Tom Gilson

How Do You Tell a Good Answer From a Bad One?

Monday Student Focus

I’ve been posting here about the importance of questions, and I got a great one from Tony that I’ll be addressing soon. Before I go there, though, I sense a need to say something about answers: how do you tell a good answer from a bad one?

Since you’re reading this you’ve probably reached the stage where, “Mom or Dad said so,” isn’t good enough any longer. My wife and I are encouraging our son and daughter to make their own decisions about faith, based on their own investigations, not our say-so.

You might have even realized, “My teacher/prof said so,” isn’t necessarily good enough, either.

So what is good enough? Unfortunately there’s no magic machine that automatically sorts out the good answers from the bad ones. But there is a list that can help guide you.

  1. A good answer really addresses the question. It doesn’t sidestep it, it doesn’t shove it off to one side, it doesn’t ignore it. It doesn’t say, “Don’t ask that!”
  2. It’s logically coherent. To be coherent means that the answer holds together without contradicting itself.
    Some answers actually deny themselves. For instance, “You must be tolerant of all beliefs, in the sense that you should regard all beliefs as equal in value.” That’s intolerant of at least one belief itself: that it’s not necessary to be tolerant of all beliefs.
  3. It matches up with known evidence. There’s nothing we know of — in nature, in science, in history, in our self-awareness of what it means to be human, and so on — that shows that it’s wrong.
    There are some atheists who say human consciousness is an illusion (really!), but that contradicts the evidence of human experience, so it can’t be true.
  4. Better yet, evidence plus logic together lead toward that answer. That’s how a detective decides who committed the crime.
  5. Sometimes, though, it’s a good answer if a trusted authority gives it.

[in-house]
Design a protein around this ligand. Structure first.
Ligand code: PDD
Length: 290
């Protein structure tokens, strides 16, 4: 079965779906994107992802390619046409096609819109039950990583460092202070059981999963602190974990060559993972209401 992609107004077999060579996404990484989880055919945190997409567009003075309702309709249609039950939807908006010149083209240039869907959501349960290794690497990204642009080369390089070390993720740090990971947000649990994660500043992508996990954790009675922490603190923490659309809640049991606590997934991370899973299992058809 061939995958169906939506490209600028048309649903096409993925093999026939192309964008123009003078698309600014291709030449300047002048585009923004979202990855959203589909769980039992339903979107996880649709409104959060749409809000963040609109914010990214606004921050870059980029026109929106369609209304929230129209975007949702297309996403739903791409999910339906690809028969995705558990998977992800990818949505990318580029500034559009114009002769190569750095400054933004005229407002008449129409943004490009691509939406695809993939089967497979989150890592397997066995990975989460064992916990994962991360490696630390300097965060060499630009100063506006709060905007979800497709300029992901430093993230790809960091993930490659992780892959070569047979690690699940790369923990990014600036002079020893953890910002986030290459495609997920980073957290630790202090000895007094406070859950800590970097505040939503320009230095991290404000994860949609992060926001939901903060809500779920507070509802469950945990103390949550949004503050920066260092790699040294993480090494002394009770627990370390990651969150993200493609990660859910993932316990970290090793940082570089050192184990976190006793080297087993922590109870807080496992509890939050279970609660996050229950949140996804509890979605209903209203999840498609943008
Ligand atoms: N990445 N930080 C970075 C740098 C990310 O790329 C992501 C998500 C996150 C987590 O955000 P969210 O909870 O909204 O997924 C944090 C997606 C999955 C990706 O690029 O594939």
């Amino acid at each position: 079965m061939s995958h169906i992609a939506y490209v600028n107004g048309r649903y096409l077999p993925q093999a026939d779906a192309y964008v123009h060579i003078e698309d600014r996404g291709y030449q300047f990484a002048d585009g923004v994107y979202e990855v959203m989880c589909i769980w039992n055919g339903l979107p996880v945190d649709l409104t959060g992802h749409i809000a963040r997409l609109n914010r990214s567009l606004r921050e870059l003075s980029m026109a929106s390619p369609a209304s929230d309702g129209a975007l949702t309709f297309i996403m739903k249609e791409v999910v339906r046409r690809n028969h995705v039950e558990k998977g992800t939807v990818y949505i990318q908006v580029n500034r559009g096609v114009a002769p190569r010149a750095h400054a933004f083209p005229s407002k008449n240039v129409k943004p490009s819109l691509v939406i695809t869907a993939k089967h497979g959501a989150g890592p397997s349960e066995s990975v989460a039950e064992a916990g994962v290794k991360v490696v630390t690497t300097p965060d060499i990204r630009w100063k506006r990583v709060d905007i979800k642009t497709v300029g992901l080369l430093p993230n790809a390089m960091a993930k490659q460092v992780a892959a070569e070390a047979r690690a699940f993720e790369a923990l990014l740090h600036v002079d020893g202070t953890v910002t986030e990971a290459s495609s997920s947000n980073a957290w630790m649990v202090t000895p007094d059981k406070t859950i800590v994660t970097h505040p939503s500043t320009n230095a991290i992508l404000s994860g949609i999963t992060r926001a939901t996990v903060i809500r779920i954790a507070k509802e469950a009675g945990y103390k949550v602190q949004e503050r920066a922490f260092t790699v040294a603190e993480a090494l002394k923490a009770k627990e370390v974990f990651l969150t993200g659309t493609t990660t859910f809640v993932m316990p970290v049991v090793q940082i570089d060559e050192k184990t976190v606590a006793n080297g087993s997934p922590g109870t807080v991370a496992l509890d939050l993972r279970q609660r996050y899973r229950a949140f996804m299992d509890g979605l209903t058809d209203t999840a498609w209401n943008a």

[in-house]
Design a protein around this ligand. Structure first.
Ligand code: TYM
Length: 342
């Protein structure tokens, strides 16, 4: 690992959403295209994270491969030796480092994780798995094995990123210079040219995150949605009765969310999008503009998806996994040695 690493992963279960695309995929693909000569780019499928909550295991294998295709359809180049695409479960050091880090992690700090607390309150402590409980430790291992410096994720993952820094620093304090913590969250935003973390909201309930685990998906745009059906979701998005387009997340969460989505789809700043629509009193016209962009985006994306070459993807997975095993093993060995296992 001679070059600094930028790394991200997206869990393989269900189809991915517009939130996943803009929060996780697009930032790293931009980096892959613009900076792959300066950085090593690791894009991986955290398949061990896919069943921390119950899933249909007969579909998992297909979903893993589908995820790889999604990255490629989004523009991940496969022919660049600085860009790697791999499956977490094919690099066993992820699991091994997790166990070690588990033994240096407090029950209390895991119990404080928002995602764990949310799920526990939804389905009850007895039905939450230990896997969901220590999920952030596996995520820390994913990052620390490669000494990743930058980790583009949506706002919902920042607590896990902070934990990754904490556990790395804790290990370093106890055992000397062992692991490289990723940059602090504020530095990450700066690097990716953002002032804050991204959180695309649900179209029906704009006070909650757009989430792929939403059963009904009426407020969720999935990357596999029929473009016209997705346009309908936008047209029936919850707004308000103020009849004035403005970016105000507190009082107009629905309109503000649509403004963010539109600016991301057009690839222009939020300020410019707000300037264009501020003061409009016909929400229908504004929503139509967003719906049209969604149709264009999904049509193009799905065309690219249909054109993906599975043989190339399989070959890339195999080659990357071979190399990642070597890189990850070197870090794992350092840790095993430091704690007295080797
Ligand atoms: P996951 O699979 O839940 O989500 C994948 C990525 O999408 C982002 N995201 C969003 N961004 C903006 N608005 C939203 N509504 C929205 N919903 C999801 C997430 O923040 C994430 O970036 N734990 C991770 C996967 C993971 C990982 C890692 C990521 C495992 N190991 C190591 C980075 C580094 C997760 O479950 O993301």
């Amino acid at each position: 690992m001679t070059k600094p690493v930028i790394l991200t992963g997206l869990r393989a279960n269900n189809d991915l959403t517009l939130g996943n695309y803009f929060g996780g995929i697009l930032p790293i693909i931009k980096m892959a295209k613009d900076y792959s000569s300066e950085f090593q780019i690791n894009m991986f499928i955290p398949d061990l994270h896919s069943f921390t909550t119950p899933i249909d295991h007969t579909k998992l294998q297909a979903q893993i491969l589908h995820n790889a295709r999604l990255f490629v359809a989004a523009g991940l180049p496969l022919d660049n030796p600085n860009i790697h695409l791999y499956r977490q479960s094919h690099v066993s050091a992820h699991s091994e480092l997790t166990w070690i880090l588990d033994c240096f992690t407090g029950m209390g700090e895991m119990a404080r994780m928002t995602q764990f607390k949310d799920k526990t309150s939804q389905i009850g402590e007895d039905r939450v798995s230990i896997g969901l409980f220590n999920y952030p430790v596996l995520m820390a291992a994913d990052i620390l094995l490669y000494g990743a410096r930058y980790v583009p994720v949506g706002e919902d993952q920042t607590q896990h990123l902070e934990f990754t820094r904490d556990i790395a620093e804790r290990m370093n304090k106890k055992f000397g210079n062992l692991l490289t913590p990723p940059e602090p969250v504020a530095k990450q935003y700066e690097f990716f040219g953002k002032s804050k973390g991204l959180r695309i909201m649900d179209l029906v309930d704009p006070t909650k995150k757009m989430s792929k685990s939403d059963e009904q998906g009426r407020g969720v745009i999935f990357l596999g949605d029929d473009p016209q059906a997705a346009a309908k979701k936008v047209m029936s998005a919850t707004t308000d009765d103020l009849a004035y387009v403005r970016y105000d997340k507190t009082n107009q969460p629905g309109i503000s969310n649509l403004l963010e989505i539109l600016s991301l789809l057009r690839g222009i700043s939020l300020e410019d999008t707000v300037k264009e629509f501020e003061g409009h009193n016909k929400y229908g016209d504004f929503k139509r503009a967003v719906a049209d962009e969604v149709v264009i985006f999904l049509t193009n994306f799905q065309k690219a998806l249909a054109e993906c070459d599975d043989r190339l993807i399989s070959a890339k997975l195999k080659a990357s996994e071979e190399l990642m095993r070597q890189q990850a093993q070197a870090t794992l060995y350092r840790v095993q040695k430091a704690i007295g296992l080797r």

I’ve been to Cuba, and I could tell you just a little bit about what it’s like there. Before you accept my answer as a good one, you might want to decide whether you trust my word. Once you decided that, though, you could feel free to take my answer as a good one, just because I’m in a position to know something about Cuba. (This is why it’s not a good idea to doubt everything you hear from your parents or teachers. They have good reason to know some things.)
  6. Many things we know by direct perception or experience. That’s how I know I’m not hungry at the moment (I can feel whether I’m hungry or not) and that it’s stopped raining outside (I just looked out the window).
  7. And there are some things you just know are good answers.
    Here’s a famous philosophical question that fits that category: Do other people have minds? It turns out there’s no scientific proof that they do: it might be you’re the only one who does, and the world could look just the same way to you if that were true. But really: you know you’re not the only person with a mind, just because you know it.

What would you add? (See below about including the Bible.)

I’m writing this today because I am concerned over how few people seem to be able to tell a good answer from a bad one. Over the next several months I’ll expand on that list, and I’ll try to teach some of the principles in it so we can all be wiser about the answers we accept.